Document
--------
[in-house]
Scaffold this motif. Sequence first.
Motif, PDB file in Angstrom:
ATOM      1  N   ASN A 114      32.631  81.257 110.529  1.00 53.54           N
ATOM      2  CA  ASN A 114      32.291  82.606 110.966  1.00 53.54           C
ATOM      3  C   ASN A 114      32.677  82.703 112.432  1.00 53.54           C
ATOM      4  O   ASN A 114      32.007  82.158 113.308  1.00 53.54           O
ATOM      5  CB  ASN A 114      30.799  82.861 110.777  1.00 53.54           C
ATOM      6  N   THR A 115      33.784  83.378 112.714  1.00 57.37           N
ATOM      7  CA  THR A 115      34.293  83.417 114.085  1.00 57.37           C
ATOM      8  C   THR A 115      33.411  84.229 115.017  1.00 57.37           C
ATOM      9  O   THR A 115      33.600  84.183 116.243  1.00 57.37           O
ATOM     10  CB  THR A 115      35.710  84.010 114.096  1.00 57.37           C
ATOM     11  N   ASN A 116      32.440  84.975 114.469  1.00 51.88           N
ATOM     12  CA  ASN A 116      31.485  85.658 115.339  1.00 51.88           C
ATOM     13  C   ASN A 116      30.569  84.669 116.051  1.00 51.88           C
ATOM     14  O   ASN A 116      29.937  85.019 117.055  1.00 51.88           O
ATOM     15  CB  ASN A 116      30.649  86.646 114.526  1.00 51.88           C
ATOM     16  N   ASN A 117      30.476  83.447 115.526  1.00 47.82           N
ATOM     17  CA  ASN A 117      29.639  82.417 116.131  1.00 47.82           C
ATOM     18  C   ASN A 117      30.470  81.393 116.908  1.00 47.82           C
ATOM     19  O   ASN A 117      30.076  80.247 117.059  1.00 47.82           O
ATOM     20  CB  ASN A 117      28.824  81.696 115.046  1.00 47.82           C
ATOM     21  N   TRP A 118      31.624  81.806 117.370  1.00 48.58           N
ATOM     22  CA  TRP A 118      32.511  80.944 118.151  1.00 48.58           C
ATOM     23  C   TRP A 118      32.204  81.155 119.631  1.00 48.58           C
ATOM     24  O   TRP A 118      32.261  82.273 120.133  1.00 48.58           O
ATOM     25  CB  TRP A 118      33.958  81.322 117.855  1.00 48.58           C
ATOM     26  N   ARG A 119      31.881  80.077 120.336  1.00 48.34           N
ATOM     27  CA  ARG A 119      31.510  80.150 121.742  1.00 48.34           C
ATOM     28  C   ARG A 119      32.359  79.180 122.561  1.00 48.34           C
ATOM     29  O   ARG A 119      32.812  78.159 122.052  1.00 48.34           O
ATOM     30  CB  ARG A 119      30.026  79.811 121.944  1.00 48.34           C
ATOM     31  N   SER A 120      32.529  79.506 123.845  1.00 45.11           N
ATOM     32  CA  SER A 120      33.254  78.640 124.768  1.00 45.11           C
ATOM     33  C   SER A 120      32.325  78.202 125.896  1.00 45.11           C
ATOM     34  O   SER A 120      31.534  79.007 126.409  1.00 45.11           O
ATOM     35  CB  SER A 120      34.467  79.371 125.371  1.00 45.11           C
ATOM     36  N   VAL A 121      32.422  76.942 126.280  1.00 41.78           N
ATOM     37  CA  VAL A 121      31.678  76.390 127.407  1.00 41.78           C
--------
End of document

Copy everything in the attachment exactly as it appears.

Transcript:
[in-house]
Scaffold this motif. Sequence first.
Motif, PDB file in Angstrom:
ATOM      1  N   ASN A 114      32.631  81.257 110.529  1.00 53.54           N
ATOM      2  CA  ASN A 114      32.291  82.606 110.966  1.00 53.54           C
ATOM      3  C   ASN A 114      32.677  82.703 112.432  1.00 53.54           C
ATOM      4  O   ASN A 114      32.007  82.158 113.308  1.00 53.54           O
ATOM      5  CB  ASN A 114      30.799  82.861 110.777  1.00 53.54           C
ATOM      6  N   THR A 115      33.784  83.378 112.714  1.00 57.37           N
ATOM      7  CA  THR A 115      34.293  83.417 114.085  1.00 57.37           C
ATOM      8  C   THR A 115      33.411  84.229 115.017  1.00 57.37           C
ATOM      9  O   THR A 115      33.600  84.183 116.243  1.00 57.37           O
ATOM     10  CB  THR A 115      35.710  84.010 114.096  1.00 57.37           C
ATOM     11  N   ASN A 116      32.440  84.975 114.469  1.00 51.88           N
ATOM     12  CA  ASN A 116      31.485  85.658 115.339  1.00 51.88           C
ATOM     13  C   ASN A 116      30.569  84.669 116.051  1.00 51.88           C
ATOM     14  O   ASN A 116      29.937  85.019 117.055  1.00 51.88           O
ATOM     15  CB  ASN A 116      30.649  86.646 114.526  1.00 51.88           C
ATOM     16  N   ASN A 117      30.476  83.447 115.526  1.00 47.82           N
ATOM     17  CA  ASN A 117      29.639  82.417 116.131  1.00 47.82           C
ATOM     18  C   ASN A 117      30.470  81.393 116.908  1.00 47.82           C
ATOM     19  O   ASN A 117      30.076  80.247 117.059  1.00 47.82           O
ATOM     20  CB  ASN A 117      28.824  81.696 115.046  1.00 47.82           C
ATOM     21  N   TRP A 118      31.624  81.806 117.370  1.00 48.58           N
ATOM     22  CA  TRP A 118      32.511  80.944 118.151  1.00 48.58           C
ATOM     23  C   TRP A 118      32.204  81.155 119.631  1.00 48.58           C
ATOM     24  O   TRP A 118      32.261  82.273 120.133  1.00 48.58           O
ATOM     25  CB  TRP A 118      33.958  81.322 117.855  1.00 48.58           C
ATOM     26  N   ARG A 119      31.881  80.077 120.336  1.00 48.34           N
ATOM     27  CA  ARG A 119      31.510  80.150 121.742  1.00 48.34           C
ATOM     28  C   ARG A 119      32.359  79.180 122.561  1.00 48.34           C
ATOM     29  O   ARG A 119      32.812  78.159 122.052  1.00 48.34           O
ATOM     30  CB  ARG A 119      30.026  79.811 121.944  1.00 48.34           C
ATOM     31  N   SER A 120      32.529  79.506 123.845  1.00 45.11           N
ATOM     32  CA  SER A 120      33.254  78.640 124.768  1.00 45.11           C
ATOM     33  C   SER A 120      32.325  78.202 125.896  1.00 45.11           C
ATOM     34  O   SER A 120      31.534  79.007 126.409  1.00 45.11           O
ATOM     35  CB  SER A 120      34.467  79.371 125.371  1.00 45.11           C
ATOM     36  N   VAL A 121      32.422  76.942 126.280  1.00 41.78           N
ATOM     37  CA  VAL A 121      31.678  76.390 127.407  1.00 41.78           C